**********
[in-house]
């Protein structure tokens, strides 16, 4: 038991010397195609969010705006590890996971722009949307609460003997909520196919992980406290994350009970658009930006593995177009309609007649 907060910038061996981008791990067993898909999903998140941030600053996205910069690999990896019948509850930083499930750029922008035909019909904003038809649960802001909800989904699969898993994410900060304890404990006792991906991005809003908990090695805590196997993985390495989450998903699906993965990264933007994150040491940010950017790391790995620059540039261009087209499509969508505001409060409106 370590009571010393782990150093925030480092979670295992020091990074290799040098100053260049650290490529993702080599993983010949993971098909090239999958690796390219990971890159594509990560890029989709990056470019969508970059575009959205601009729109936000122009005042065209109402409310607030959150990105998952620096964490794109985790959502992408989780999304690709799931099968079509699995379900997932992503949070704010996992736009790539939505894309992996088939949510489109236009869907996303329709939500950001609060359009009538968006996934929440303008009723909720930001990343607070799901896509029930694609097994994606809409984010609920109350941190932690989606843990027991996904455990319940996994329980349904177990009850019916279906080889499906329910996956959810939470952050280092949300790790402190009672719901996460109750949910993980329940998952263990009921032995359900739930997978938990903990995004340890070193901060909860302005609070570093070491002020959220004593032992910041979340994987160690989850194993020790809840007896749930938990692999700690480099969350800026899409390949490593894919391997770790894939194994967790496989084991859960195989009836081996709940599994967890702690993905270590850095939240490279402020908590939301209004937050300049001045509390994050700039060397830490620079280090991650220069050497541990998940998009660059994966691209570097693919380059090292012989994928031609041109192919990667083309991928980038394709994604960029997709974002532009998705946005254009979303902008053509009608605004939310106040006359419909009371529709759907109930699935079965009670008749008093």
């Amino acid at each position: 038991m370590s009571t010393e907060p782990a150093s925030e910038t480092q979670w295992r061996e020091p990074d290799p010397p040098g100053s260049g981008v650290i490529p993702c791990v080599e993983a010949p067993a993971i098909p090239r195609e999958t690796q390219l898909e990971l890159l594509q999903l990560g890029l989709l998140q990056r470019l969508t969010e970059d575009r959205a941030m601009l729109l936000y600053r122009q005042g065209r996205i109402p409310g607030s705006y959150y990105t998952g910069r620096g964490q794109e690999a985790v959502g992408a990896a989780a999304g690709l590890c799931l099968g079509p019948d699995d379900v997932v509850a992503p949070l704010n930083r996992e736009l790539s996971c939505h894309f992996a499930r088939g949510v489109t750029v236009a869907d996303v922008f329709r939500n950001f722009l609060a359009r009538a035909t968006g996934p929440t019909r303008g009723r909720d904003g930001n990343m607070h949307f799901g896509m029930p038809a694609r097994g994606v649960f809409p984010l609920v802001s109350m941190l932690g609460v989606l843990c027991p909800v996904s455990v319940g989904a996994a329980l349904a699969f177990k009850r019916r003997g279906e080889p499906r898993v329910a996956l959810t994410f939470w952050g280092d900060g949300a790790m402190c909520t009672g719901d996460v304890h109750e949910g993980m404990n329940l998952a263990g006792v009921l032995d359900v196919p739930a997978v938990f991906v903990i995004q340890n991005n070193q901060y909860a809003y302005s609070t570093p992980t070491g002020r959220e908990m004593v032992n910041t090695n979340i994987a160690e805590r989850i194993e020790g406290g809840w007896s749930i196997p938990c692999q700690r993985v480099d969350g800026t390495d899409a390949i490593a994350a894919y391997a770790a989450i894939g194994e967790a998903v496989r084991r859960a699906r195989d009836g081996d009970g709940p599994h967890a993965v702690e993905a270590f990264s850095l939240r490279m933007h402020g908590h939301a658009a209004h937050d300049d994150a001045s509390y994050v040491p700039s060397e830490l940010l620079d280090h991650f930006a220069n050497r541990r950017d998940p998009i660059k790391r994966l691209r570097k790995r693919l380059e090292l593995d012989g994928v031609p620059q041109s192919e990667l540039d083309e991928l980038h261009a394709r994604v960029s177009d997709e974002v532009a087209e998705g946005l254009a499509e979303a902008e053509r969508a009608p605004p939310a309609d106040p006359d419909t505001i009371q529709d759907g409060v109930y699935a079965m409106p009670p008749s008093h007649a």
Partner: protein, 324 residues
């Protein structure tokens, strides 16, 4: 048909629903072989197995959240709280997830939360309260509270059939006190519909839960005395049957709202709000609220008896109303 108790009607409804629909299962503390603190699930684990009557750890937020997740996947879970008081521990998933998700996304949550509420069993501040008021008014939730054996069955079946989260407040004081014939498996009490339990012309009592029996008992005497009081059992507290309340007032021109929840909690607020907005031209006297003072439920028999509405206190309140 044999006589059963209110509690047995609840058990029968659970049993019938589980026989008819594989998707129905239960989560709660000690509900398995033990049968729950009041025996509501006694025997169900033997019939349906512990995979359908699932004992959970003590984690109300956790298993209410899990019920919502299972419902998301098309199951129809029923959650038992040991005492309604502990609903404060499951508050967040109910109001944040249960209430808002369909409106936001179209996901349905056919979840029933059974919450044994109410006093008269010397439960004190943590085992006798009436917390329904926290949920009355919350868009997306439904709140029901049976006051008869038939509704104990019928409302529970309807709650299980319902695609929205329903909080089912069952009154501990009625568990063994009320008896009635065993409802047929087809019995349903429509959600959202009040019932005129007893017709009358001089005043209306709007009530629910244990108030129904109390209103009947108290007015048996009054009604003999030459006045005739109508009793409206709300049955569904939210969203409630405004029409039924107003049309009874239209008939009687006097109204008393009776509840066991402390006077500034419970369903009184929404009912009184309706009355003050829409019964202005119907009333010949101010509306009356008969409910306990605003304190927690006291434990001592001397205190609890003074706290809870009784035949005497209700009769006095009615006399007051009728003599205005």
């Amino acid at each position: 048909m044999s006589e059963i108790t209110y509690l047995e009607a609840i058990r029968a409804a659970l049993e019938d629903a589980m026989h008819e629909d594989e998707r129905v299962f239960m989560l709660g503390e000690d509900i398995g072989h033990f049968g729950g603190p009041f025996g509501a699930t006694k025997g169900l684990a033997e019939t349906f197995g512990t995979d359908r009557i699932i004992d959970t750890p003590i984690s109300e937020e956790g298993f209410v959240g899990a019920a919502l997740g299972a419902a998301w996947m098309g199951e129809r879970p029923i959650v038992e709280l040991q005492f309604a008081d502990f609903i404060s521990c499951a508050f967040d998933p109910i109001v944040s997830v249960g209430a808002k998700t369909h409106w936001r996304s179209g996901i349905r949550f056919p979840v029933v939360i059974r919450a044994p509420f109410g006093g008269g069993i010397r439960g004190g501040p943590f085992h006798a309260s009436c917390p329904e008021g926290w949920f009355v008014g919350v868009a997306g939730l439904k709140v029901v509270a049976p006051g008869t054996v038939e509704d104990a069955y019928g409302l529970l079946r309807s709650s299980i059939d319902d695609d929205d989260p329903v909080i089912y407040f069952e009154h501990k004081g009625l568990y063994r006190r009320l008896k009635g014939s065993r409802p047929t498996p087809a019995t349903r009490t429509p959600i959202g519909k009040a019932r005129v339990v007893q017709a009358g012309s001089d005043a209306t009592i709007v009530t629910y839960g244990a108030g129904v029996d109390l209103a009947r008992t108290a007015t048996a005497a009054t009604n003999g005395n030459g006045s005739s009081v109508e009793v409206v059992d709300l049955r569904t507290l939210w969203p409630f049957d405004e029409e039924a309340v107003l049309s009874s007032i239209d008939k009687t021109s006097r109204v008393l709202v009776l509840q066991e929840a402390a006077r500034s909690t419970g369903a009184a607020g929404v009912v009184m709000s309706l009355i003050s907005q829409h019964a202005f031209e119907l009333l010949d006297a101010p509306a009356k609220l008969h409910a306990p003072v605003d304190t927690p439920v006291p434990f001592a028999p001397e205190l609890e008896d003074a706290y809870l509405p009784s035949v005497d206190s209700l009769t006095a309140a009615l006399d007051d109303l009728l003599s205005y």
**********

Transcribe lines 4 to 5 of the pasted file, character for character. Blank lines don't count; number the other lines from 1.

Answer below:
Partner: protein, 324 residues
């Protein structure tokens, strides 16, 4: 048909629903072989197995959240709280997830939360309260509270059939006190519909839960005395049957709202709000609220008896109303 108790009607409804629909299962503390603190699930684990009557750890937020997740996947879970008081521990998933998700996304949550509420069993501040008021008014939730054996069955079946989260407040004081014939498996009490339990012309009592029996008992005497009081059992507290309340007032021109929840909690607020907005031209006297003072439920028999509405206190309140 044999006589059963209110509690047995609840058990029968659970049993019938589980026989008819594989998707129905239960989560709660000690509900398995033990049968729950009041025996509501006694025997169900033997019939349906512990995979359908699932004992959970003590984690109300956790298993209410899990019920919502299972419902998301098309199951129809029923959650038992040991005492309604502990609903404060499951508050967040109910109001944040249960209430808002369909409106936001179209996901349905056919979840029933059974919450044994109410006093008269010397439960004190943590085992006798009436917390329904926290949920009355919350868009997306439904709140029901049976006051008869038939509704104990019928409302529970309807709650299980319902695609929205329903909080089912069952009154501990009625568990063994009320008896009635065993409802047929087809019995349903429509959600959202009040019932005129007893017709009358001089005043209306709007009530629910244990108030129904109390209103009947108290007015048996009054009604003999030459006045005739109508009793409206709300049955569904939210969203409630405004029409039924107003049309009874239209008939009687006097109204008393009776509840066991402390006077500034419970369903009184929404009912009184309706009355003050829409019964202005119907009333010949101010509306009356008969409910306990605003304190927690006291434990001592001397205190609890003074706290809870009784035949005497209700009769006095009615006399007051009728003599205005």